Ask most theater lovers if they have heard of Jacobean-era playwrights such as John Fletcher and Philip Massinger and you would probably receive a confused “no.” Fletcher and Massinger, who wrote The Sea Voyage, were overshadowed by the prodigious talent that was William Shakespeare. As directed by Ann Turiano, Baltimore Shakespeare Factory’s (BSF) The Sea Voyage is pure comedic gold, brimming with love, passion, and intrigue.
The play, which dates back to 1622, is similar to Shakespeare’s The Tempest, as it involves a shipwreck on a mysterious island. The Sea Voyage is a convergence of Amazon warriors, French pirates, and castaways on the shores of an unnamed land.
In this show, Turiano wrote in her Director’s Notes: “…we see wonderfully familiar comedic types: the swaggering hero, the bumbling idiot, the firebrand, to name a few.”
As far as swaggering heroes–with a comic touch–go, the French pirate Albert was made to order. Played with an intoxicating panache by Dean Carlson, Albert found himself shipwrecked on an island along with his captured love interest, Aminta, and his partners in crime, Lamure (the fabulous Jim Knost), Morillat (David Martin) and Tibalt (Sian Edwards). Allison Bloechl brought a mirth and a bit of vulnerability to the role of Aminta. Bloechl displayed an adept chemistry with Carlson.
Mark Scharf was outstanding as the old castaway Sebastian. With his old-man mannerisms and tree-branch walking stick, Scharf, a playwright making his debut at BSF, dominated all his scenes. Fred Fletcher-Jackson did a fantastic job portraying Nicusa, Sebastian’s nephew and also Albert’s associate Franville.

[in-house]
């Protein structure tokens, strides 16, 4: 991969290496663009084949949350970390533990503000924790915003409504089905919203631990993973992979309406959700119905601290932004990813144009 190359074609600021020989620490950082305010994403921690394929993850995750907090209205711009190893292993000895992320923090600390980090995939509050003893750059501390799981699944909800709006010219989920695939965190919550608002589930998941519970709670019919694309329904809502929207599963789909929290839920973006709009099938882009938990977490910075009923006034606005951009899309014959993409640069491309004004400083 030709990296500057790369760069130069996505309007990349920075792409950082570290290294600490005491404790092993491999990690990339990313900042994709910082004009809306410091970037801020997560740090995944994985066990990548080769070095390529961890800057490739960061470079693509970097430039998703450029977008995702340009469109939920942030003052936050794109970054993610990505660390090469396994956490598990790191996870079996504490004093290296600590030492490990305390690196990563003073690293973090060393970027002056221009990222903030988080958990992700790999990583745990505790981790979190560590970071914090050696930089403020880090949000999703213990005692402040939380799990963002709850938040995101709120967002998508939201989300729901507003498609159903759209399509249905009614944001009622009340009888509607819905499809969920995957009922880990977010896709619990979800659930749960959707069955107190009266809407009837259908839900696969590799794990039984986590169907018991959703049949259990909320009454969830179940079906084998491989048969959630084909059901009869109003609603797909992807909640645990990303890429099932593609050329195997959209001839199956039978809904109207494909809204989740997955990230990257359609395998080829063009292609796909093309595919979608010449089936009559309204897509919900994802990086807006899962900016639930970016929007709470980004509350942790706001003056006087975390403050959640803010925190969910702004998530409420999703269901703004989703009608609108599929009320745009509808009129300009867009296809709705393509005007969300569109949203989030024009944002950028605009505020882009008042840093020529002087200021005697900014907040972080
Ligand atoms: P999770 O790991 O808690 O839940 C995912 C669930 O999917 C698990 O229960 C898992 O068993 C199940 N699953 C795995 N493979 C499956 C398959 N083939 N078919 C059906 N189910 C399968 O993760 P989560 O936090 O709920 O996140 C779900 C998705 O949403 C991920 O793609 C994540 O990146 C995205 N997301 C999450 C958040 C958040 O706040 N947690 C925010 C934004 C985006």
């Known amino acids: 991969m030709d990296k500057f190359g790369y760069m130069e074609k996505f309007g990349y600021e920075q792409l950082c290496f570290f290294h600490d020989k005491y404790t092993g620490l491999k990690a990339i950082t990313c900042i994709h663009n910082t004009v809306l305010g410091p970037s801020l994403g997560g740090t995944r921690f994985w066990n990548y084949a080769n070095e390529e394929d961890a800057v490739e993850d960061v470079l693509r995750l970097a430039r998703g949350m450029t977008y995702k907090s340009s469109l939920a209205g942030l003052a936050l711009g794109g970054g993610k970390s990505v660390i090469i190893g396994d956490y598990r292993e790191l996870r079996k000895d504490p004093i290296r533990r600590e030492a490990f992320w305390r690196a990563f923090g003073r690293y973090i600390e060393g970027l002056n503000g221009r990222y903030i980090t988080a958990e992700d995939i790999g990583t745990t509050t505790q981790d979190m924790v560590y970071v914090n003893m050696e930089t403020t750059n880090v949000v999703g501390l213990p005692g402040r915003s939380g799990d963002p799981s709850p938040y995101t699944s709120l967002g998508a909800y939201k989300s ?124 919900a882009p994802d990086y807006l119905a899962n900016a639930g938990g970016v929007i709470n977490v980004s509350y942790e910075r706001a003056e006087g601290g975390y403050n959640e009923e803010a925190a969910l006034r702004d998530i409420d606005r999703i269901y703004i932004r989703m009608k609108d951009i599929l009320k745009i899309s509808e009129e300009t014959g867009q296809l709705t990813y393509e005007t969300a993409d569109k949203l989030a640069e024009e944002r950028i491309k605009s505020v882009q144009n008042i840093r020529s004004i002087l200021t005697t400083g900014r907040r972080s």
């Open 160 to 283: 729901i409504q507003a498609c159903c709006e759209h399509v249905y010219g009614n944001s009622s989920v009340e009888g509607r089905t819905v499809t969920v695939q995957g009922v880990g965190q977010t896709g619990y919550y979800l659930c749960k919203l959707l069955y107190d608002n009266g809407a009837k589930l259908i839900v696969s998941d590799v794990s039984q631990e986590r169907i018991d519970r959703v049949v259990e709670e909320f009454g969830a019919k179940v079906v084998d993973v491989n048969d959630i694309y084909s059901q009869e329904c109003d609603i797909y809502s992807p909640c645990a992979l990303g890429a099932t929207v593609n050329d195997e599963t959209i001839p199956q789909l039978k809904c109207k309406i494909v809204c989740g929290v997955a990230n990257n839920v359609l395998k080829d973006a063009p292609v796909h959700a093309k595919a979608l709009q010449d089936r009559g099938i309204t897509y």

The always-fun-to-watch Betse Lyons, seen last spring in Fells Point Corner Theatre’s 10x10x10 festival, brought a domineering lovesickness to her role as an Amazon, Clarinda. Kathryn Falcone, recently seen in the BSF productions Othello and Julius Caesar, was splendid as Rosella, Clarinda’s queen-mom.
Zipporah Brown, in her BSF debut, stole a few scenes in her role as the Amazon Juletta. I loved Jim Hart in his role as Master. There were fine performances put in by the balance of the cast, including Kerry Brady as Crocale/Surgeon, Gabe Fremuth as Raymond/Boatswain, Liz Galuardi as Hyppolita, and young actors Kas Schroeder and MJ Smith as Sailor 1 and 2 respectively.
I heartily toe-tapped to the pre-show and intermission sea shanties, including “What do you do with a drunken sailor?” As he did in Trust at Fells Point Corner Theatre, Scharf provided accompaniment to the songs with his guitar. Music Director Kristen Cooley brought forth a series of songs that had the audience engaged and participating. Heather Johnston’s costume design, which had a somewhat Jacobean flavor, featured everything from rich greens, tans and floral prints. Falcone’s magnificent red cape was eye capturing.
Director Turiano made full use of the large three-quarter thrust stage. Her actors ran, slid, dragged one another, and even ate off the floor. Much of the uncredited set design was left to the imagination; to simulate a ship there were simply two long ropes tied diagonally from a balcony area to downstage right and left, and a piece of canvas hanging from a balcony. A minor drawback was the less than ideal acoustics in parts of the show, due to the high-ceilinged hall. The Sea Voyage is a raucous ride full of hilarity and hijinks.
Running Time: Two hours and 30 minutes, with one 15-minute intermission.
The Sea Voyage plays through November 19, 2017, at the Baltimore Shakespeare Factory performing at The Great Hall Theater at St. Mary’s Community Center – 3900 Roland Avenue, Baltimore, MD. For tickets, call (410) 662-9455 or purchase them online.